Another adds, “We have outsourced in the past to find capacities that match the volume. For example, [our] organic business is small, therefore smaller contractors can handle that much more efficiently, and we have been generally satisfied with the results.”

Other top reasons for outsourcing production were to gain “access to technology/equipment” (46 percent) and to “lower costs” (37 percent).

Most firms that outsource production rely on more than one vendor: 40 percent of food and beverage manufacturers use two to three firms, 13 percent use four to five firms, and 31 percent use more than five partners.

Among all respondents, the dollars spent on outsourced production are likely to increase among 43 percent of survey respondents; 7 percent indicate it will increase significantly; 51 percent report no change in the volume of outsourcing and 6 percent predict it will decrease.

Among only those already outsourcing, 53 percent will increase the dollar volume of outsourced production and 40 percent will maintain current levels.

Looking ahead to 2009, 41 percent of survey respondents will increase outsourcing and 49 percent indicate no change in volume of outsourcing. Among current production outsourcers, 46 percent will increase the volume of outsourced production and 41 percent will keep it the same.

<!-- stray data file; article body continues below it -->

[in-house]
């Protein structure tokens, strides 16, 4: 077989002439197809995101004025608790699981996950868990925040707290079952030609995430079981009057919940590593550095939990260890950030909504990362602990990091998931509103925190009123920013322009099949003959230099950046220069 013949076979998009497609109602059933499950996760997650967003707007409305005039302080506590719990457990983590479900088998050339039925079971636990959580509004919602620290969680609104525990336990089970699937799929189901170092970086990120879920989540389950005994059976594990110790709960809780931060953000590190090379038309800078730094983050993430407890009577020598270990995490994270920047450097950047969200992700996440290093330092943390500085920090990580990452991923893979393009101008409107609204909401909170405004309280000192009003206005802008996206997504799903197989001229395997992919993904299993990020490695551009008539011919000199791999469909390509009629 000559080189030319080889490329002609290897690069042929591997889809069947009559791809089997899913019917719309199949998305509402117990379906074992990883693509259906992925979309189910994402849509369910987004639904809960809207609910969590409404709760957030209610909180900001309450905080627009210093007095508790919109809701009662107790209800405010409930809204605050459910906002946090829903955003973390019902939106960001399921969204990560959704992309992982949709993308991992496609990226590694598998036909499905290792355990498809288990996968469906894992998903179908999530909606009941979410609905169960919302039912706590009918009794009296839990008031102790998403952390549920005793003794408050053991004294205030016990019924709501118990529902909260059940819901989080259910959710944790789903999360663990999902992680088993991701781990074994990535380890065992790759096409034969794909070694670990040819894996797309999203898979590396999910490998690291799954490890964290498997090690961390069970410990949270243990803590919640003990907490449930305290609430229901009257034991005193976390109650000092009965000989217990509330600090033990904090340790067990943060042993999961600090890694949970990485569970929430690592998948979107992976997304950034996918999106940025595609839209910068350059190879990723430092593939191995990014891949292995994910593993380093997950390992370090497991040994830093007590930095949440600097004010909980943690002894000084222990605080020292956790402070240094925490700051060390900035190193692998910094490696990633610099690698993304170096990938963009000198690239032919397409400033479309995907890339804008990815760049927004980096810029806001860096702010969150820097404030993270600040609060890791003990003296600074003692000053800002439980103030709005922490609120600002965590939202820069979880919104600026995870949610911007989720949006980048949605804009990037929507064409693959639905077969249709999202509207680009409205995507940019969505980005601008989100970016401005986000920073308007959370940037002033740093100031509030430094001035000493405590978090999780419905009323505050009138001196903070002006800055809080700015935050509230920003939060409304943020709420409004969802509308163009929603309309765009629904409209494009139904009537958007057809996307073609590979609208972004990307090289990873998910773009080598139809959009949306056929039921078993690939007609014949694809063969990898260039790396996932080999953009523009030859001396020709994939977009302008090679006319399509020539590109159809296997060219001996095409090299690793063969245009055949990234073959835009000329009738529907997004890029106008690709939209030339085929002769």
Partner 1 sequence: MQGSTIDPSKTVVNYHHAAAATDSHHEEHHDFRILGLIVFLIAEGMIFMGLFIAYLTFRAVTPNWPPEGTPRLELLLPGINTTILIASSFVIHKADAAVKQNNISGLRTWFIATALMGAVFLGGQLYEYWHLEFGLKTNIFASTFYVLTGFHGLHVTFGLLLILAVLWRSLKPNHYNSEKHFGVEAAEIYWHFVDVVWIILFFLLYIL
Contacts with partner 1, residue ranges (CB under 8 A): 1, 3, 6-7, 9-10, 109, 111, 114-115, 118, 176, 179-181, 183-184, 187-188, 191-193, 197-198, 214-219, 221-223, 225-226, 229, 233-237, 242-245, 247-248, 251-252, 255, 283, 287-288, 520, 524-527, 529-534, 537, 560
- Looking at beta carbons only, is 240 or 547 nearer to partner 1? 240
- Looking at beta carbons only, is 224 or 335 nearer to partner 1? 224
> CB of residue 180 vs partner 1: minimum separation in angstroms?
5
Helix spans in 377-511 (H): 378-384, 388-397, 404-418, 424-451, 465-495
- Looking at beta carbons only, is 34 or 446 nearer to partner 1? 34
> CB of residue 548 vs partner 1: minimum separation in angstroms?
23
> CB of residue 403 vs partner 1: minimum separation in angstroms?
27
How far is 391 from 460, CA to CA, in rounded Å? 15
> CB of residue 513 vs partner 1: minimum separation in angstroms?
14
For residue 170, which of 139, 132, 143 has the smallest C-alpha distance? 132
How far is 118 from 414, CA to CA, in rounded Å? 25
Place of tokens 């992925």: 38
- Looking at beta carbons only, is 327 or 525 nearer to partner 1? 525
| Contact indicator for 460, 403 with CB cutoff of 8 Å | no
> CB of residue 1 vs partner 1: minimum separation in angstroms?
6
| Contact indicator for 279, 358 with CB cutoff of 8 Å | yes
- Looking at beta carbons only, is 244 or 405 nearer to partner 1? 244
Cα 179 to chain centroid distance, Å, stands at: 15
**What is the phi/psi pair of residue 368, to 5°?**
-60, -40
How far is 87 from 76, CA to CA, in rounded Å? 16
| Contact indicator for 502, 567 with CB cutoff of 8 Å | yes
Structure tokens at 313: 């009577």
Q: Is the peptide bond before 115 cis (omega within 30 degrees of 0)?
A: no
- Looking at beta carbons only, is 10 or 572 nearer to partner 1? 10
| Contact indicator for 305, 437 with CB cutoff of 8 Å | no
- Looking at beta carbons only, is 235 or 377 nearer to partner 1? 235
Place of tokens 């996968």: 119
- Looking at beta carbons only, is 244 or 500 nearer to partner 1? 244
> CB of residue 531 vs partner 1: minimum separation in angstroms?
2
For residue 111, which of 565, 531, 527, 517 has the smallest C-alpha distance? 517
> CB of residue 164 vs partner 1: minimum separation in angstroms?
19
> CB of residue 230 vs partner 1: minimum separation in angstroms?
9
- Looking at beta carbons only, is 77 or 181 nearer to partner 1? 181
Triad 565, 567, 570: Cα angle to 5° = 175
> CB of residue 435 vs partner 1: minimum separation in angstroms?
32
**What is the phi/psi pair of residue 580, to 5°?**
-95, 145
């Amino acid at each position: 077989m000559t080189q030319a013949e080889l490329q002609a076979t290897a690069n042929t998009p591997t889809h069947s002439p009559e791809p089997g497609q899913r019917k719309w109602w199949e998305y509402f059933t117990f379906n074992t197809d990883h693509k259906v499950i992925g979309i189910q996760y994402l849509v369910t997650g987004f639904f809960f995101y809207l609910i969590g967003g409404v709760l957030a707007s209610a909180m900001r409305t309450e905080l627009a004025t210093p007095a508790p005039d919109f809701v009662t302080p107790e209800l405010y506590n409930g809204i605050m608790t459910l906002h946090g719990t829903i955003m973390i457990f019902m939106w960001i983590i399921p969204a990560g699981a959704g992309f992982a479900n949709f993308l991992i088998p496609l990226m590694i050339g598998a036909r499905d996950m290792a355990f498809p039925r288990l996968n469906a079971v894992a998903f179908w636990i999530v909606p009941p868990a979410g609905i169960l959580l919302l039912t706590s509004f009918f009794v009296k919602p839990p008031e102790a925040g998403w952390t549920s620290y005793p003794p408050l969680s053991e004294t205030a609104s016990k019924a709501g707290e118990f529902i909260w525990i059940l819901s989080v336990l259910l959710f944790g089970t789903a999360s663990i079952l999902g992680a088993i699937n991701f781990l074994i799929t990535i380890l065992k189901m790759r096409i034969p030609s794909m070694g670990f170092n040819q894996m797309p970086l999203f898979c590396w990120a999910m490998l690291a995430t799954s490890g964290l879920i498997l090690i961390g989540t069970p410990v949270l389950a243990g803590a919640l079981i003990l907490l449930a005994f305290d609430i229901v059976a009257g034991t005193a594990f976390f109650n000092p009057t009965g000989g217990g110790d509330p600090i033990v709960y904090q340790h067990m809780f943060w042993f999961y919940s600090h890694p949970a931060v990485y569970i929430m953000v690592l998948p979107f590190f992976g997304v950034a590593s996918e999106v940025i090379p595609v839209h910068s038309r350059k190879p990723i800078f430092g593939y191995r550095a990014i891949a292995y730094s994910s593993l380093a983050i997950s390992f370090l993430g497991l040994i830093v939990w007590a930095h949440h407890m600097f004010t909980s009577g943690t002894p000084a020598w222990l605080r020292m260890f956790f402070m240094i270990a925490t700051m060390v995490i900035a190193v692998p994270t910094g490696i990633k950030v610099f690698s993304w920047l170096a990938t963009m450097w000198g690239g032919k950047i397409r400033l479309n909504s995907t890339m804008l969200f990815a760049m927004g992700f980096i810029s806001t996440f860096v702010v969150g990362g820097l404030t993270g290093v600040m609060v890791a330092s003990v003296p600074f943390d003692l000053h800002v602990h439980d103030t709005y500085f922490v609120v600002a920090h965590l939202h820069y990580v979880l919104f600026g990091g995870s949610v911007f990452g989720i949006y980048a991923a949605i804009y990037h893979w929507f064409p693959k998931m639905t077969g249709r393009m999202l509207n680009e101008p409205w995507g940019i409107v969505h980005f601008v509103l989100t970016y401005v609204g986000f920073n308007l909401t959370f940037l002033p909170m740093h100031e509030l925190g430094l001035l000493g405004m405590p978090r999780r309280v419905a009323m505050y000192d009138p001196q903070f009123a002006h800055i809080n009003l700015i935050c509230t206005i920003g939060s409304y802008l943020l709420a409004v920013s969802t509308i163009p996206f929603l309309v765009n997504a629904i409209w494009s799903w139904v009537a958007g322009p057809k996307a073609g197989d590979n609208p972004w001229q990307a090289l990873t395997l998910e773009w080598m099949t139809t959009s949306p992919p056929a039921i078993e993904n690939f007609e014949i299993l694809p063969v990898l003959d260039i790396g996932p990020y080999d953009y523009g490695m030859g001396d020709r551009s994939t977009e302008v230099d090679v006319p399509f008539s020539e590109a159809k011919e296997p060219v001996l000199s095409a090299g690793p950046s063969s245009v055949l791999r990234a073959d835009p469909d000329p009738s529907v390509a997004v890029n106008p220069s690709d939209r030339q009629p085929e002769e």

Production outsourcing does not necessarily solve production ills; in fact, it can create a variety of problems for food and beverage manufacturers.

Precisely one-quarter of firms that outsource indicate their most significant problems are higher costs; another 25 percent cite poor product. Another 17 percent said problems involve late deliveries and/or poor lead times.

“Outsourcing brings a loss of product control, dilutes/eliminates brand integrity and opens the door to product recalls and/or contamination,” says one food and beverage executive.